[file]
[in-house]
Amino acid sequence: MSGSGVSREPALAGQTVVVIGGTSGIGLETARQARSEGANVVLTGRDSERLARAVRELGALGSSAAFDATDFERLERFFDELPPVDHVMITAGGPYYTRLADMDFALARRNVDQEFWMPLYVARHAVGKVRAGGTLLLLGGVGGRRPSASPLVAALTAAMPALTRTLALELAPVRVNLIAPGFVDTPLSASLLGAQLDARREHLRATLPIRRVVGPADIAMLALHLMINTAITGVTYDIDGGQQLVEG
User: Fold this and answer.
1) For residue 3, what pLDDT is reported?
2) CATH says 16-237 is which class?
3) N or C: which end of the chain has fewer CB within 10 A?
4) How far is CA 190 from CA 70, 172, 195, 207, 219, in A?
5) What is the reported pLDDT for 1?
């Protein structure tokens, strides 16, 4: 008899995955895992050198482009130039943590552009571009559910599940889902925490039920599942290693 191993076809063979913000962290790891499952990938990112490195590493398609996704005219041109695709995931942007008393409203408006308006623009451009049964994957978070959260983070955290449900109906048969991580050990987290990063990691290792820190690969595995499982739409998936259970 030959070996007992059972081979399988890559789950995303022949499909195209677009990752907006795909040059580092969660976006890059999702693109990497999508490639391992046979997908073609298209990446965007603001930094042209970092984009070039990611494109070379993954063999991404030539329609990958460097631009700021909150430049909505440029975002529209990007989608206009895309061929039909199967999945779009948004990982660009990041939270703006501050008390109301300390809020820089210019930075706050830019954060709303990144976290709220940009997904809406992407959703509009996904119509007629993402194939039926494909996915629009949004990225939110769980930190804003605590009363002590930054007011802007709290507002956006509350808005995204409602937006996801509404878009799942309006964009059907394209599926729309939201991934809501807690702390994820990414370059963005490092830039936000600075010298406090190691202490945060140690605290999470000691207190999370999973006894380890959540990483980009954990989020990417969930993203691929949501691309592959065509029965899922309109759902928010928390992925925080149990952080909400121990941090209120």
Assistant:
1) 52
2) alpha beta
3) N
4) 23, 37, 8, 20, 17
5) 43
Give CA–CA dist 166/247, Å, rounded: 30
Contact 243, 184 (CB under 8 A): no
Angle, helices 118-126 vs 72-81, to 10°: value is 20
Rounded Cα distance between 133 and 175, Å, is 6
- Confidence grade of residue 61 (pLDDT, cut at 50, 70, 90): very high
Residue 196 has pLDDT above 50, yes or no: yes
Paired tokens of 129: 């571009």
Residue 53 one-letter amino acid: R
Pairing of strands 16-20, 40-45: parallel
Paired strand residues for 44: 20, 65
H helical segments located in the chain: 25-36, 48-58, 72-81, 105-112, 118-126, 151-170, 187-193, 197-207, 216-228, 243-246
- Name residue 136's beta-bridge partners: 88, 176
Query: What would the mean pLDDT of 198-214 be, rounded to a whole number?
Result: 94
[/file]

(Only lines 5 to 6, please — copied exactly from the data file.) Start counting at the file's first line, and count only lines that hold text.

2) CATH says 16-237 is which class?
3) N or C: which end of the chain has fewer CB within 10 A?